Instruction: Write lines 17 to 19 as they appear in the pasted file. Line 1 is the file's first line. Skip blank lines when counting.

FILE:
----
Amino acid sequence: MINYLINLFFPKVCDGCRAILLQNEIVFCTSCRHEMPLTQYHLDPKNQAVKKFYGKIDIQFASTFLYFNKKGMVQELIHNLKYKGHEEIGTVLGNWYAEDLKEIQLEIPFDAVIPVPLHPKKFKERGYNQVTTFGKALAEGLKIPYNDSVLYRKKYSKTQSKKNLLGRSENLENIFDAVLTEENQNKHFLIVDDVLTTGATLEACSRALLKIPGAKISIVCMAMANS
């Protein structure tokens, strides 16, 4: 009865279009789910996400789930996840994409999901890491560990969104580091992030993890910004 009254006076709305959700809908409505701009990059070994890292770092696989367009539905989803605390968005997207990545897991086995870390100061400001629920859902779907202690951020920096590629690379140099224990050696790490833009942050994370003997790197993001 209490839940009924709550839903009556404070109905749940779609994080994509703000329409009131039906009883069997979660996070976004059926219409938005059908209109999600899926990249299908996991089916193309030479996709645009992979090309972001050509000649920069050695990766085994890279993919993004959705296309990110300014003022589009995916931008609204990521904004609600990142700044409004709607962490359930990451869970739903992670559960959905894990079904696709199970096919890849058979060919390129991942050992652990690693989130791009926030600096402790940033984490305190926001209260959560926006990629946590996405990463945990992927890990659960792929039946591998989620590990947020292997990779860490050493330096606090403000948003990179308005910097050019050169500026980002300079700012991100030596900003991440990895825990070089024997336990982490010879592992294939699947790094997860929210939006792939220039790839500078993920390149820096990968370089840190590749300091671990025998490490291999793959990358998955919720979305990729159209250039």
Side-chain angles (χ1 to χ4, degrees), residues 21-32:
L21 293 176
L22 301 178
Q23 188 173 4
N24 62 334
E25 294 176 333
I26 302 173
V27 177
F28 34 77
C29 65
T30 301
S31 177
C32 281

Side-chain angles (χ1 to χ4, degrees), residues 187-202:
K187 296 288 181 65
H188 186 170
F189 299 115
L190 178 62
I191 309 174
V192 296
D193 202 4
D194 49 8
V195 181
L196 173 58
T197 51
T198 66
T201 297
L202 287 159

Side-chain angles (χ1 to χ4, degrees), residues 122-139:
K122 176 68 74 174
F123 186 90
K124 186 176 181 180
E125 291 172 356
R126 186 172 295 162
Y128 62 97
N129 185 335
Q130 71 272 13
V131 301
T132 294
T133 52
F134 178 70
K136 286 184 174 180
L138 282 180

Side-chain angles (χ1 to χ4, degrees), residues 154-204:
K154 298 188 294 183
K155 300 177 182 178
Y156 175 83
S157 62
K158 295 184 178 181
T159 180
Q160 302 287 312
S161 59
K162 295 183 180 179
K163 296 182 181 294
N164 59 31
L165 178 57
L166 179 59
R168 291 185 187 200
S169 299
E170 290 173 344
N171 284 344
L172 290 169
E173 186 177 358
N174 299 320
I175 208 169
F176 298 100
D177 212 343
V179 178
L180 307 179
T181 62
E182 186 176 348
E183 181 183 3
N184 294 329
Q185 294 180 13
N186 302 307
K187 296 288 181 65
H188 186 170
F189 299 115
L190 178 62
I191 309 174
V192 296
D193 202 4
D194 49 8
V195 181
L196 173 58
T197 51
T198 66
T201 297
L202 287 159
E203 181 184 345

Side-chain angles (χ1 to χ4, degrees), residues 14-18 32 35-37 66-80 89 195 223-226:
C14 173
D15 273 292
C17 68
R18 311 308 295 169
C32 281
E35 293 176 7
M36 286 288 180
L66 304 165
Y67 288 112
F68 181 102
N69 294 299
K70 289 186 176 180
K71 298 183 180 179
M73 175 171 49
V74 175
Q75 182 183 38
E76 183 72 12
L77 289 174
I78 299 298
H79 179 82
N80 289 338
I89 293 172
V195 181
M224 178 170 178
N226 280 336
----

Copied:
K187 296 288 181 65
H188 186 170
F189 299 115